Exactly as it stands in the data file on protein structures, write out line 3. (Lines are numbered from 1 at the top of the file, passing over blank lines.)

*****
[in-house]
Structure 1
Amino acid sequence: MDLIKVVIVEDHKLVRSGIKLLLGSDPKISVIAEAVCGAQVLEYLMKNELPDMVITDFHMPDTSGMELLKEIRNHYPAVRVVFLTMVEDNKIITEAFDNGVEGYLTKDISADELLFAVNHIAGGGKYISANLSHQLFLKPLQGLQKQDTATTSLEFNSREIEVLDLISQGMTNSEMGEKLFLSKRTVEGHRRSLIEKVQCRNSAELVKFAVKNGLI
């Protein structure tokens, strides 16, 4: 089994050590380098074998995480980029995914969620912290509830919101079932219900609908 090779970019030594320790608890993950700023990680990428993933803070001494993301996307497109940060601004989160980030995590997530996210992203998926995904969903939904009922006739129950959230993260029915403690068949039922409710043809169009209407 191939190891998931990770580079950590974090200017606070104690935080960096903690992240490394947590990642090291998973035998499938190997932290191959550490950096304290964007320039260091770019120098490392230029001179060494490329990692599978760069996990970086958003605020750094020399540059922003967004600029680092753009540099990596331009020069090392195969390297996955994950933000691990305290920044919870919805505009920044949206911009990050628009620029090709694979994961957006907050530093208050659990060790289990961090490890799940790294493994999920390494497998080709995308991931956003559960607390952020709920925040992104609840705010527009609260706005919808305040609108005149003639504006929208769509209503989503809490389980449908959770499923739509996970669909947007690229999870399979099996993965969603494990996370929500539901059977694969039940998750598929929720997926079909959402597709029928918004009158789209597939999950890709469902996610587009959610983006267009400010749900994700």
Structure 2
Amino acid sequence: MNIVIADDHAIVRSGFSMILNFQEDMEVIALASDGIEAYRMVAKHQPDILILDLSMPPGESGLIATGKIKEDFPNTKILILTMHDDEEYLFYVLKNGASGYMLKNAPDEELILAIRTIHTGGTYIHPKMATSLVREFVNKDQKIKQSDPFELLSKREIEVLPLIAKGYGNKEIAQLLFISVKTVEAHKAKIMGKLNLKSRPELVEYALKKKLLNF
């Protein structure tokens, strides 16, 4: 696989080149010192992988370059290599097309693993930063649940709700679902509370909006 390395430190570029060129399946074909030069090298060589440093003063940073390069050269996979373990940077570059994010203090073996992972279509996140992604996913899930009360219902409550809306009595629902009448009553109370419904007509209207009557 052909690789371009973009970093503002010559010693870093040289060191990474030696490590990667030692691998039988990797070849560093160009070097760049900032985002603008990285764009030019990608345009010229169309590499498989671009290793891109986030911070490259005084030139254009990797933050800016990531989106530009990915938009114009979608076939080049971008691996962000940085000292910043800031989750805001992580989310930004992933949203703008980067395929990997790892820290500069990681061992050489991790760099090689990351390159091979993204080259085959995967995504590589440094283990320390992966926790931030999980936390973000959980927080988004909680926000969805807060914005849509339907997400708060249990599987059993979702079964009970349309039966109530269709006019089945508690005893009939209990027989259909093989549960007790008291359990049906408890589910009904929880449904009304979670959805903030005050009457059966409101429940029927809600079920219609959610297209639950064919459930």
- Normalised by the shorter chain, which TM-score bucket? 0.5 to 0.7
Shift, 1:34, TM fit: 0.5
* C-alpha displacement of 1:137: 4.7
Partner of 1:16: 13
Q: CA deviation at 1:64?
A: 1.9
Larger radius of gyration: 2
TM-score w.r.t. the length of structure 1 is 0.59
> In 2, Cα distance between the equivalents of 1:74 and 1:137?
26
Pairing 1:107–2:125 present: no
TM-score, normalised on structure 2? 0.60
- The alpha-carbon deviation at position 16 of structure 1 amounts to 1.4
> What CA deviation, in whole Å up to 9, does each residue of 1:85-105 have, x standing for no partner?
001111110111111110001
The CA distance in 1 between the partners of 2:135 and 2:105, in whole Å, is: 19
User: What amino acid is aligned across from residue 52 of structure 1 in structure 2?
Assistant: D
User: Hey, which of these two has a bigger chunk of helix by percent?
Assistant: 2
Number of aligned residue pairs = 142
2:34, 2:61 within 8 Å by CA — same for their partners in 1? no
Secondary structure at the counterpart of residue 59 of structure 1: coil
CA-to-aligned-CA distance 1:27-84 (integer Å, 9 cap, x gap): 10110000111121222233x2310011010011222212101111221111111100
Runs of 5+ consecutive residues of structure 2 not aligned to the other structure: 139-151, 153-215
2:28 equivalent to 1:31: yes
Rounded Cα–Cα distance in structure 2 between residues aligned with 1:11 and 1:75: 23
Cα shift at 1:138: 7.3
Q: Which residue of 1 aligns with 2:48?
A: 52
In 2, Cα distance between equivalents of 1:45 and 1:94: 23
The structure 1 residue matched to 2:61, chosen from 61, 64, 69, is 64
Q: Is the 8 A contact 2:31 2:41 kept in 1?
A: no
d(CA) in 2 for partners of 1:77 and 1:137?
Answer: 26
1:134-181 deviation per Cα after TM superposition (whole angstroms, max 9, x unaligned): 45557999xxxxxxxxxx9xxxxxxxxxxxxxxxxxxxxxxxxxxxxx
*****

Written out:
Amino acid sequence: MDLIKVVIVEDHKLVRSGIKLLLGSDPKISVIAEAVCGAQVLEYLMKNELPDMVITDFHMPDTSGMELLKEIRNHYPAVRVVFLTMVEDNKIITEAFDNGVEGYLTKDISADELLFAVNHIAGGGKYISANLSHQLFLKPLQGLQKQDTATTSLEFNSREIEVLDLISQGMTNSEMGEKLFLSKRTVEGHRRSLIEKVQCRNSAELVKFAVKNGLI